WASHINGTON – American jobs. Economic recovery. National security. Three “buzz terms” often used to describe the benefits of a prolific energy outlook for our nation. But are they real? Do they carry the weight we so often subscribe to them? The fact is-they absolutely do.
The start of the new year has marked a historical moment in America’s newfound energy outlook. For the first time in recent history, an American state has surpassed an OPEC member nation in oil output. North Dakota, a state blessed with vast oil and gas reserves like the Bakken Shale, increased production by 42 percent to an output of 510,000 barrels a day in November-surpassing Ecuador’s November output by 10,000 barrels. Job growth? At the close of 2011, America’s energy industry had one of the lowest unemployment rates in the nation. The current unemployment in Williston-North Dakota’s oil capital-is less than 1 percent. According to a report by IHS CERA, the shale gas industry alone supported more than 600,000 jobs across the nation. No longer just talking points for the campaign trail; these are the real and tangible realities of America’s energy future.
And despite the clear and overwhelming evidence about the powerful economic and energy security impact that America’s independent oil and natural gas producers continue to have, detractors remain. Nonetheless, the Independent Petroleum Association of America (IPAA) is working tirelessly to ensure that facts – not hyperbole – serve as the foundation of our dialogue:
IPAA President and CEO Barry Russell:
- Call Off Federal Overreach for Success: America’s natural gas industry has quite a future – as long as it’s not impeded by politically motivated forces. The administration must make its campaign rhetoric a reality and call off its massive federal overreach. If states remain empowered to continue their responsible regulation of hydraulic fracturing, natural gas will certainly power America’s future. (National Journal, 1/18/12)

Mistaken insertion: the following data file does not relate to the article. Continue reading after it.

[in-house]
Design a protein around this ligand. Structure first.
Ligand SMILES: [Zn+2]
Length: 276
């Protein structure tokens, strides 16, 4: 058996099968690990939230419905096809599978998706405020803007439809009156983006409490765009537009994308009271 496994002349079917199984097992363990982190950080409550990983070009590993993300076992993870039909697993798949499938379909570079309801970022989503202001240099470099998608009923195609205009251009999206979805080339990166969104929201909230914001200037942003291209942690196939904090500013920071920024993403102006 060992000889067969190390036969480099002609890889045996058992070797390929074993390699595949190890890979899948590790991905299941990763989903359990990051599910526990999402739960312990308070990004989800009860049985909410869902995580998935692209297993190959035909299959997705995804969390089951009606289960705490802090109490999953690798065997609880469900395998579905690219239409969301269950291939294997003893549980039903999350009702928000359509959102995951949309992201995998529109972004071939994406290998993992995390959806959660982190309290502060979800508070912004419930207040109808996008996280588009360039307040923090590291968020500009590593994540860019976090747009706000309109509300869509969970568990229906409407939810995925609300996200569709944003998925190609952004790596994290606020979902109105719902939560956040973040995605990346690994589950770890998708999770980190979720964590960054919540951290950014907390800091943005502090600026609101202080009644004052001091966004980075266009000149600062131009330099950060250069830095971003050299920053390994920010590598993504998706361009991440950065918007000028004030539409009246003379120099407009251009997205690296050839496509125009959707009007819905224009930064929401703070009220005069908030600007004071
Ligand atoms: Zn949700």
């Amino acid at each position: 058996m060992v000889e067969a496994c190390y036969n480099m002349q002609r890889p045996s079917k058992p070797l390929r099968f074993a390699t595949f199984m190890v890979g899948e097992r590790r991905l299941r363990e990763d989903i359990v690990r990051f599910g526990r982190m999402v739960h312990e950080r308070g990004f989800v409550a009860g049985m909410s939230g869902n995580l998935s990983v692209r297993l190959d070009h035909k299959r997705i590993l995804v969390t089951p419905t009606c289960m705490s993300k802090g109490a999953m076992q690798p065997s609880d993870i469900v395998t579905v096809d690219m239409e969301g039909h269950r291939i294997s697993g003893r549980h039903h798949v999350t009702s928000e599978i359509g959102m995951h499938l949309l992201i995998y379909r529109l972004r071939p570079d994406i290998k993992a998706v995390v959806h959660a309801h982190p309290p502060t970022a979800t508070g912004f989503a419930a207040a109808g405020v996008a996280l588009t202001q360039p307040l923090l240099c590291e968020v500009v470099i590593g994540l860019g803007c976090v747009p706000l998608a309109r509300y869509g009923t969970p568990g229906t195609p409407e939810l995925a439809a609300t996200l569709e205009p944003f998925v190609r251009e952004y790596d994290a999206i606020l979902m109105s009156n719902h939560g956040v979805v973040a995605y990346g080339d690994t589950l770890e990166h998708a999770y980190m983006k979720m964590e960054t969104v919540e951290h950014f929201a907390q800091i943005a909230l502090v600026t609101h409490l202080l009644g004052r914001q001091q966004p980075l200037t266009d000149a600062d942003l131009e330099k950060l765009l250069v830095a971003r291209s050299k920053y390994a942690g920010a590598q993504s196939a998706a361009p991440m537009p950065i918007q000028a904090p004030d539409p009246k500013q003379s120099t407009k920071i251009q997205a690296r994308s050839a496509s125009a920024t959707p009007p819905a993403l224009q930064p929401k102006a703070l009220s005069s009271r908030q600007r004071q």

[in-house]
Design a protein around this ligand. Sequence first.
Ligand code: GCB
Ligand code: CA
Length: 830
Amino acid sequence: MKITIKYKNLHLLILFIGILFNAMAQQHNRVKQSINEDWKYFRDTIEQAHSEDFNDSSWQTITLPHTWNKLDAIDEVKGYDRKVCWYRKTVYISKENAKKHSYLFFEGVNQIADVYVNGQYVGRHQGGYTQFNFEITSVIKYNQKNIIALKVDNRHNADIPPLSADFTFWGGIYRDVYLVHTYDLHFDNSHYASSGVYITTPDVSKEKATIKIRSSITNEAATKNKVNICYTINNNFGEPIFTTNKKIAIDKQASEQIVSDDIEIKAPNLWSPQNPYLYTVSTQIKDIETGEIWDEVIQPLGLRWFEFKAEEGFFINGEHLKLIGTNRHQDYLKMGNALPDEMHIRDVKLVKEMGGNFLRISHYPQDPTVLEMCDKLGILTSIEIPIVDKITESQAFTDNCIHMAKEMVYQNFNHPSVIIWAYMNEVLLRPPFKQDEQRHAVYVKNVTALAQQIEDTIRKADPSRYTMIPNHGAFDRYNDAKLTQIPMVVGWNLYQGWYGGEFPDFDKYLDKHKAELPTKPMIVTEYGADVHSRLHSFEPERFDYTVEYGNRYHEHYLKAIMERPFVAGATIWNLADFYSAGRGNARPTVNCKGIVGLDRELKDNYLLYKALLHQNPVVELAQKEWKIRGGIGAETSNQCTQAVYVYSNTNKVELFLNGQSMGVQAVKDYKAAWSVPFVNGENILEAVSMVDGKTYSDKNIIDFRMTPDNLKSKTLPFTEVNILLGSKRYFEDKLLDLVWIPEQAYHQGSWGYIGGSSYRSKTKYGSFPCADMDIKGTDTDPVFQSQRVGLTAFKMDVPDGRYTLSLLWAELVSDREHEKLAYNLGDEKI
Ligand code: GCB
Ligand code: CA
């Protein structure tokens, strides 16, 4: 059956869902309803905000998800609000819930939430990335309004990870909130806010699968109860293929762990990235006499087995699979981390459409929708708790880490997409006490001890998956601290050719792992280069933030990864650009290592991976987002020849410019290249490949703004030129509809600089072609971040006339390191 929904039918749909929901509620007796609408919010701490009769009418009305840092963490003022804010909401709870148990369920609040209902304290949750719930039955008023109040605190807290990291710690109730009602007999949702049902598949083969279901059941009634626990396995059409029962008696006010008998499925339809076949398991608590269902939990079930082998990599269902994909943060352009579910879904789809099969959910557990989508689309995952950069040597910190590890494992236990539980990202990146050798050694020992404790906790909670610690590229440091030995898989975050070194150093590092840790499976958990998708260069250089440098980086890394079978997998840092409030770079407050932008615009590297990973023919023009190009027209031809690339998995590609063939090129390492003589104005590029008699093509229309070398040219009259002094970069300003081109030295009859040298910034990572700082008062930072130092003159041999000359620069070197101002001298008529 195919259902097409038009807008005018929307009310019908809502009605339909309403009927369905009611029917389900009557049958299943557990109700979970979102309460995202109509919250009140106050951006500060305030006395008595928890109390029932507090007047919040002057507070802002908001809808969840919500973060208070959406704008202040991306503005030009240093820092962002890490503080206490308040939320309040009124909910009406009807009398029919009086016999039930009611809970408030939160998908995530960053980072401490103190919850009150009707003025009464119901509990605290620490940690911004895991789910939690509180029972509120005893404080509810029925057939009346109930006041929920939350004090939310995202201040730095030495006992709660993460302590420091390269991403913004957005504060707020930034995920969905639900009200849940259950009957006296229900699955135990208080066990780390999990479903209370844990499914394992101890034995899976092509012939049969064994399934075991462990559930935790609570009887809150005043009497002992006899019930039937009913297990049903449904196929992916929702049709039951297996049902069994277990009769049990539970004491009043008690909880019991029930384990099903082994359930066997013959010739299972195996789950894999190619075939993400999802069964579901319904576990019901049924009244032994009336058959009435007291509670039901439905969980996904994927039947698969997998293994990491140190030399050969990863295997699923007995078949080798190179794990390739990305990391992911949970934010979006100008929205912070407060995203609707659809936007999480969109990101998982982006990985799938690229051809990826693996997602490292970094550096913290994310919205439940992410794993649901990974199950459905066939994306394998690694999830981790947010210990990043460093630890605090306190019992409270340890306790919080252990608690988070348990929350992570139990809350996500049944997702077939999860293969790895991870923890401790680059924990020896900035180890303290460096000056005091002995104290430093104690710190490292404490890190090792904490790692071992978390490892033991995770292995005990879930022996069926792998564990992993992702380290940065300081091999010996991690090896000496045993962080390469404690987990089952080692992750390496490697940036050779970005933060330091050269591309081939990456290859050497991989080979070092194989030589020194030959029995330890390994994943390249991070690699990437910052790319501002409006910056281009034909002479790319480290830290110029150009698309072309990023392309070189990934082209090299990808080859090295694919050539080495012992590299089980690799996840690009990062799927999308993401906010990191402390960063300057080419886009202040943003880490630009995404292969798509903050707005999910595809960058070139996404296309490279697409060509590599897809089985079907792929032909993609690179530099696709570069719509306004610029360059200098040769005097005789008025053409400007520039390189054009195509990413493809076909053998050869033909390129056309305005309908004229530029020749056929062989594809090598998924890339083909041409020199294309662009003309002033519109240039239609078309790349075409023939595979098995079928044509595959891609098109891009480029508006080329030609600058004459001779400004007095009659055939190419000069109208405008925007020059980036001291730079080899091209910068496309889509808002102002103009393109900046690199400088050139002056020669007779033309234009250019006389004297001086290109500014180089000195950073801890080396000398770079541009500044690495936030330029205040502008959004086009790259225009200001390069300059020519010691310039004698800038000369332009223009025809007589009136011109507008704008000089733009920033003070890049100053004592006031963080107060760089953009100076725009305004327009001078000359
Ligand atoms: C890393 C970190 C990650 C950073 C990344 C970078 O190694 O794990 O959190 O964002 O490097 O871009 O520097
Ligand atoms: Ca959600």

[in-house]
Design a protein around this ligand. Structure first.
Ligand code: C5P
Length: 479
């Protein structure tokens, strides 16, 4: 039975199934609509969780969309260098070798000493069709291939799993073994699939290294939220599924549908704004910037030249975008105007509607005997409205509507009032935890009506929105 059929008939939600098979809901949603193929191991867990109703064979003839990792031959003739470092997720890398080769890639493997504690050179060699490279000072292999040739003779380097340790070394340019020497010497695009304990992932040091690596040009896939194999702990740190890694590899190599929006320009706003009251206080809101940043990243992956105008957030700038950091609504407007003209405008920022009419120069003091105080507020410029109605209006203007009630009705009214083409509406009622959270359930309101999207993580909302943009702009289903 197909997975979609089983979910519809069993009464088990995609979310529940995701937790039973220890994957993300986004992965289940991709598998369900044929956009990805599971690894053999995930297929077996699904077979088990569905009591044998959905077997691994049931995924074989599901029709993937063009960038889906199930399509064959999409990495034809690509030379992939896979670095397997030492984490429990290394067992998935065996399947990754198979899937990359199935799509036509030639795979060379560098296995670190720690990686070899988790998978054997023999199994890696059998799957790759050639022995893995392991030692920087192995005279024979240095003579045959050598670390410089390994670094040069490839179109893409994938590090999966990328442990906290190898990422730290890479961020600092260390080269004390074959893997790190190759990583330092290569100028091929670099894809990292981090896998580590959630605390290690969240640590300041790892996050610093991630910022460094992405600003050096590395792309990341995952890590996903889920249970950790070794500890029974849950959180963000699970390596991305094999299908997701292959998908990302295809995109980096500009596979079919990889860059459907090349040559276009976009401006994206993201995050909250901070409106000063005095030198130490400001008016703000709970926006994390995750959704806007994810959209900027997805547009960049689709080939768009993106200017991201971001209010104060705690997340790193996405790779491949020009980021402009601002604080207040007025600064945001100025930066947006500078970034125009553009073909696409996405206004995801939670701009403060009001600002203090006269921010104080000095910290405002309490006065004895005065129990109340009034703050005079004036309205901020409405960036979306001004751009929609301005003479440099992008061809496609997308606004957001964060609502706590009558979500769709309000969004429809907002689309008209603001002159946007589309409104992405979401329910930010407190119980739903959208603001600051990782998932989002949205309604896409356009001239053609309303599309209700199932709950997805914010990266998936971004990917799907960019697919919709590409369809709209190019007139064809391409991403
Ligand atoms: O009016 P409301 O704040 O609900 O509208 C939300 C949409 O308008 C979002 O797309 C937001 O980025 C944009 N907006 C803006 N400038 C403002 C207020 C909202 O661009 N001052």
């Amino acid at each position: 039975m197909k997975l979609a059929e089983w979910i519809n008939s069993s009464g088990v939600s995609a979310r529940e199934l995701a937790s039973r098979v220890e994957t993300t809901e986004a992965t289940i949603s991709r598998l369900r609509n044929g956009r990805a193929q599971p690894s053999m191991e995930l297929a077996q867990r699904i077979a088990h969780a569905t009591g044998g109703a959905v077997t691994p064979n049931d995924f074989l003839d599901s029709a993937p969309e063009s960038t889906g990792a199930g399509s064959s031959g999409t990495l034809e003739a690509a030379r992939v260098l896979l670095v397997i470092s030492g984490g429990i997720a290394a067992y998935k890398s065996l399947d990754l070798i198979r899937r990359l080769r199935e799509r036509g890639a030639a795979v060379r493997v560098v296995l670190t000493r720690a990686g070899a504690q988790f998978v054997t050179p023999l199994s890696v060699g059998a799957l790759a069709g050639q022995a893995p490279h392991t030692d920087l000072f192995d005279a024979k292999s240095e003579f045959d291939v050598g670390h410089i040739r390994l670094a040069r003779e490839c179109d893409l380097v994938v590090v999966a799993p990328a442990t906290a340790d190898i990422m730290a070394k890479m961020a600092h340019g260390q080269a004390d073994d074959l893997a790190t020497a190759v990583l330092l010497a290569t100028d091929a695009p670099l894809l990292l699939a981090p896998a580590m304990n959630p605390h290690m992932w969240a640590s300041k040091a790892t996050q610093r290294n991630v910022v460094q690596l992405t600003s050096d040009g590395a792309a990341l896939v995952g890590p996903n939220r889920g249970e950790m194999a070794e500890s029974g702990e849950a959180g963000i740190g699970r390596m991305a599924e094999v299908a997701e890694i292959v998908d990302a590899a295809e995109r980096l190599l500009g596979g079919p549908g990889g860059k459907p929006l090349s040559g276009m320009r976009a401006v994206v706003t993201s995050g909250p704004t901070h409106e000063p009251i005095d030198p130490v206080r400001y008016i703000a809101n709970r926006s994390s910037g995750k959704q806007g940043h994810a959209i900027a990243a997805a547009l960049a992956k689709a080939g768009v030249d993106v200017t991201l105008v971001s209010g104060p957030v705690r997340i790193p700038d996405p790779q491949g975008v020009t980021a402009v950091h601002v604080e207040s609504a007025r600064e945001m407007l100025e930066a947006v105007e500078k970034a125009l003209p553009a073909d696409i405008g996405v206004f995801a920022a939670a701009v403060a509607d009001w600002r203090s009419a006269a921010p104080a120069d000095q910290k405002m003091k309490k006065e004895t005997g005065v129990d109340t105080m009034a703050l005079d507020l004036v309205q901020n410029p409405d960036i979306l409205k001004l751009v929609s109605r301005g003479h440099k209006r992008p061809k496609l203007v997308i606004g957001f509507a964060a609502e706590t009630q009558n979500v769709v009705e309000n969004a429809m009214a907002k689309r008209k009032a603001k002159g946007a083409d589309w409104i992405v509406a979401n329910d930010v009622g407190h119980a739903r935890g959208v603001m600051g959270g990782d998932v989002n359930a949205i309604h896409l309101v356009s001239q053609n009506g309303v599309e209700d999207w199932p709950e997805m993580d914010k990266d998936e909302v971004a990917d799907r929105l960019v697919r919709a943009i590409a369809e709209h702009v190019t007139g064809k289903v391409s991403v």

IPAA Vice President of Economics & International Affairs Frederick Lawrence:
- America and the global energy supply: America has notably reduced its dependence on imports (net imports fell from 57 percent in 2008 to 45 percent in November 2011) and in addition significantly increased its domestic production (adding 1.2m barrels per day between October 2008 and October 2011) with the help of independent producers and shale and other sources. So America is buying considerably less of its oil than it used to from unsavory producers. However, petroleum imports from the Persian Gulf still account for almost 15 percent of our total imports (1.8m bpd) and as you noted, oil is a “globally traded commodity”, so ripples in Europe or Asia from interruptions in Iraqi, Egyptian, Libyan, or Iranian crude do ultimately lap our shore and dampen our market recovery. (The Economist, 1/14/12)